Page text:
• Line 12: We already know that it's midnight, and that the dog howls once each quarter-hour plus  twelve times for the hour—just like a clock tower. Seems simple enough, right? Well, maybe not. Just as Coleridge gives us a little math lesson to remind us that twelve plus four is sixteen (thanks for that, Sammy), he drops the bomb that there's a ghost hanging out with the dog. Reading forward a little, we understand that this ghost is Christabel's mother. Placing the number and the appearance of Christabel's mother so close together (especially when her sudden appearance seems like a total non-sequitur) makes us feel like the speaker is trying to tell us something. In the Bible, the number sixteen shows up as a symbol of God's never-ending love. Here, it may symbolize a mother's never-ending love and protection for her child, even after that mother is dead.
    • Line 49: The number one is singular, of course, but it is also contained in everything else (we can't have two sandwiches without having one to start with). Here the one leaf represents the presence of two opposing forces within one thing—spring and winter, life and death, good and evil. It's telling us that within us of all there exists the potential for both good and evil. Hey, it looks like one isn't so lonely after all.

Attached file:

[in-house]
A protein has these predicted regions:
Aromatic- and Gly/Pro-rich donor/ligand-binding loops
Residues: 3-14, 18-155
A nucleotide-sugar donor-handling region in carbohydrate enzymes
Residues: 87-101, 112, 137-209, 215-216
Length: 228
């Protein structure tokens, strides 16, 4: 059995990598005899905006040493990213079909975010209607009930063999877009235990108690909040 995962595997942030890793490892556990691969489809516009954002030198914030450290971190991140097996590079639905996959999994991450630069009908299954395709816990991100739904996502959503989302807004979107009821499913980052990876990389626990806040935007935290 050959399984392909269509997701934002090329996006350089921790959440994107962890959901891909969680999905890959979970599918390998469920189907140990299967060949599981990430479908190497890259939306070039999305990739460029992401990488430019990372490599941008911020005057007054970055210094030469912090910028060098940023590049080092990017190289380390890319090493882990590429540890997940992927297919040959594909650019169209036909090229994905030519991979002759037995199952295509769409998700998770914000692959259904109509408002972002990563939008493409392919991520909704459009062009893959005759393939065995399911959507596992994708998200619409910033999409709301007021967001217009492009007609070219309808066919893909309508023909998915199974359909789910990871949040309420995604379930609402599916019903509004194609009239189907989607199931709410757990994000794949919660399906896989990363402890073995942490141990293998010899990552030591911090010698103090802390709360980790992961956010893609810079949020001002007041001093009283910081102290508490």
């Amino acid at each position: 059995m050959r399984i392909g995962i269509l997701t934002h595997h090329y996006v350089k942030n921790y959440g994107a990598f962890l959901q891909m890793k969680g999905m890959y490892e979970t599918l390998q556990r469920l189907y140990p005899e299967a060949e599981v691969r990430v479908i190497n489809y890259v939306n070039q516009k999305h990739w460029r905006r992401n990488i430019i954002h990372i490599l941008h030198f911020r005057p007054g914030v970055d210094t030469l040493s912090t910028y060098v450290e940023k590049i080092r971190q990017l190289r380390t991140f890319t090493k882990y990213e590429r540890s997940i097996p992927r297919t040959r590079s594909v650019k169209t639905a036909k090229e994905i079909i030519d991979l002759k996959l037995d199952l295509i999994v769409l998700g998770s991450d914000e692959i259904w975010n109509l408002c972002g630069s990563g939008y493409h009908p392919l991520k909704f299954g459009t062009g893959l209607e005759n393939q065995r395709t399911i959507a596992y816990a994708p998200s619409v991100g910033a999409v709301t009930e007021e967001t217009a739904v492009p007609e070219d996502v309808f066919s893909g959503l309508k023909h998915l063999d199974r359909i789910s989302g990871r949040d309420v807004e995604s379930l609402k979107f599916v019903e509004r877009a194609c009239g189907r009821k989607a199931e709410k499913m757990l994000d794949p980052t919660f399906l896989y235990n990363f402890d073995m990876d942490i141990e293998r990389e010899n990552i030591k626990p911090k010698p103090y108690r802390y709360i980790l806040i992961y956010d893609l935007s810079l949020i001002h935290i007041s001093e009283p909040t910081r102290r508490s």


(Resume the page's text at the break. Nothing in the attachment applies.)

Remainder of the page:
• Line 81: In Christianity, the number five represents God's grace. In some folklore, it's only a pack of five men on white horses who can hope to catch a vampire. Again, this gives us a pretty big hint about Geraldine's true nature.
    • Line 201: Bells are a traditional part of a wedding day, so talking about bells being rung on that day is no big deal. However, Christabel specifically says that the bells will be rung twelve times on her wedding day, which could be considered in a couple different ways. First, as a Christian symbol, the number twelve is supposed to be a sacred number. It symbolizes God's power and authority. Ringing the bells twelve times on a wedding day would be a blessing for the couple, letting them know that their bond has been made with the authority of God. That would probably make Christabel's mom happy, even in the afterlife.
      What probably won't make Christabel's mom happy is that it's possible that Coleridge intended for us to understand that Christabel is already married—to Geraldine. Remember the beginning of the poem when the narrator tells us the bells rang twelve times to mark midnight? Christabel's mother was there to hear them too if the dog really is seeing her ghost. To add to this weirdness, Christabel even carries her bride over the threshold of the castle in lines 131-132.